Archive for May, 2007

Just Treading Water, Part 3

May 31, 2007

Sorry for the delay in posting to my blog.  I have had a bad cold, and trying to think critically [or think at all!]  has been difficult.

Back to my topic of Just Treading Water isn’t Enough, or congregations that create and sustain a sense of urgency.

In my last entry, I wrote about congregations that seize opportunities as new ones come their way. Today, I’ll tell you about a congregation that was creative in the face of great challenges.

I heard this congregation’s story at a meeting I attended recently. Here’s what happened: This small congregation had an part-time office person/bookkeeper who had been with them for several years. They also had a relatively new treasurer. Over the course of the last couple of years, the office person’s work became less and less effective. It turns out that she had the beginnings of some dementia, which they learned after she left her position.

Over the same period, the Board had difficulty getting current financial figures from the treasurer. The treasurer was trying hard to keep up with the work, but over time, he fell farther and farther behind, and he rejected offers of help from others. The Board members didn’t want to press someone who seemed to be trying so hard, so they let things slide.

The end result was that the Board learned recently that the office assistant had made numerous mistakes in bookkeeping, the treasurer was struggling with personal issues and totallyl overwhelmed,  and the church’s reserves — about $30,000 — had all been used up. There was no malfeasance — the money had been used legitimately to pay bills — but the treasurer hadn’t informed the Board that church operations were using more money than was coming in, and their reserves were gone.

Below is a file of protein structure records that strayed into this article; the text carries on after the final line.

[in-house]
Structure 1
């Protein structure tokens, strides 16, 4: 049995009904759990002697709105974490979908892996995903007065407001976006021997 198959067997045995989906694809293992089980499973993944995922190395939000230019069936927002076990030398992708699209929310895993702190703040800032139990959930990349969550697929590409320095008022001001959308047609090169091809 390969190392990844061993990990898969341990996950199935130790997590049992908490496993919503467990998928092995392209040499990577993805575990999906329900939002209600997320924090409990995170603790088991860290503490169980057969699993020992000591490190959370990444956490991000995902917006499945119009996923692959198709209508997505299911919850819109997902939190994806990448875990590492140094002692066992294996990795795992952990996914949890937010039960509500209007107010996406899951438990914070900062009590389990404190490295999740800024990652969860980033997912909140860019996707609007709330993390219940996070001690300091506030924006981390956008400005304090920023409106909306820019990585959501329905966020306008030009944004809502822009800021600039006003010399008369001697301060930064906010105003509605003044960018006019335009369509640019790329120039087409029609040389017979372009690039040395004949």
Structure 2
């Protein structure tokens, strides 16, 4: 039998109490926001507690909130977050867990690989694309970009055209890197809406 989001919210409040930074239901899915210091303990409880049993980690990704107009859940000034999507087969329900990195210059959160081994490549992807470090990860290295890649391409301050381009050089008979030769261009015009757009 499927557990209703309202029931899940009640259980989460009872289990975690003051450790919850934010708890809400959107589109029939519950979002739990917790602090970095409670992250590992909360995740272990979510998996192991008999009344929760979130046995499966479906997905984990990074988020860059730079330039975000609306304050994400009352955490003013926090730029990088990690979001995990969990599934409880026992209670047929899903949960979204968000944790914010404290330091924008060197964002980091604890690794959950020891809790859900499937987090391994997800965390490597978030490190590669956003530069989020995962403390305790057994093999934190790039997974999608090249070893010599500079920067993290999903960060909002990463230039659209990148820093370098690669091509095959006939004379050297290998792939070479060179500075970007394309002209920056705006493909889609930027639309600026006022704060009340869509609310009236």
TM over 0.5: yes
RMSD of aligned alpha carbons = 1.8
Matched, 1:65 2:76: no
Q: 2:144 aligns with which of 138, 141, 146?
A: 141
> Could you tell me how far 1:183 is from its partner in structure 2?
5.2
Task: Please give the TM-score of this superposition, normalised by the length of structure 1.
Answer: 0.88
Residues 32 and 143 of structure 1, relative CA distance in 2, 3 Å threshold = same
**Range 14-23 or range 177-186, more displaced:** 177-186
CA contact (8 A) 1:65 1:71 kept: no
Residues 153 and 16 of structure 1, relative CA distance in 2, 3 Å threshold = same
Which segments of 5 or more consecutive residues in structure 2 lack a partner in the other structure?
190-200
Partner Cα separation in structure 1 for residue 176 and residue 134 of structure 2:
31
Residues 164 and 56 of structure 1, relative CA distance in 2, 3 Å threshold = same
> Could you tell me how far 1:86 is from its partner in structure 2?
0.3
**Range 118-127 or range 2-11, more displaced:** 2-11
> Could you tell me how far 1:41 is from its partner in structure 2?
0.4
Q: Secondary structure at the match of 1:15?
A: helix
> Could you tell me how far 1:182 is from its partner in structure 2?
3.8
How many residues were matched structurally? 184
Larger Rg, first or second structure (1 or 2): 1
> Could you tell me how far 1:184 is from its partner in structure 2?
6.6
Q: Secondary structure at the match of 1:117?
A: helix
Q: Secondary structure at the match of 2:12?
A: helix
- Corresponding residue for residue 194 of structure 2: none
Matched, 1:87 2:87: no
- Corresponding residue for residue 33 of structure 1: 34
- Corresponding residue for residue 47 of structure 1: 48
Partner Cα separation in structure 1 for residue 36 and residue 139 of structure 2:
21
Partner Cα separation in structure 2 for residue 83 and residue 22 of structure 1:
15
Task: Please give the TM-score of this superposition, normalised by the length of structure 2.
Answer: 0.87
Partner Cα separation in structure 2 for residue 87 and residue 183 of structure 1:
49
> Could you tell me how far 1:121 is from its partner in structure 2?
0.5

So the Board was faced with a crisis. They wanted to move forward on a number of things — increasing the hours for their part-time minister, adding a few hours for their part-time religious educator — but they were very concerned about the church’s finances, as well as the reaction from the congregation once the news about the finances hit.

Well – the Board decided to get proactive. They informed the congregation about the financial situation and assured them they were working on it. They asked a former treasurer to work with the treasurer to go back over the finances, make corrections as needed, and bring things up to date.

Some Board members and other leaders donated money to a special fund, which could be drawn on, as needed, by the church over the next few years, with the money to be repaid to the members over time.

And the Board asked church members to make a “13th month pledge payment” — giving an additional month of pledge payments to end the fiscal year. Almost all of the members participated, which is a testament to their loyalty to the church and their confidence that the Board was handling this situation effectively.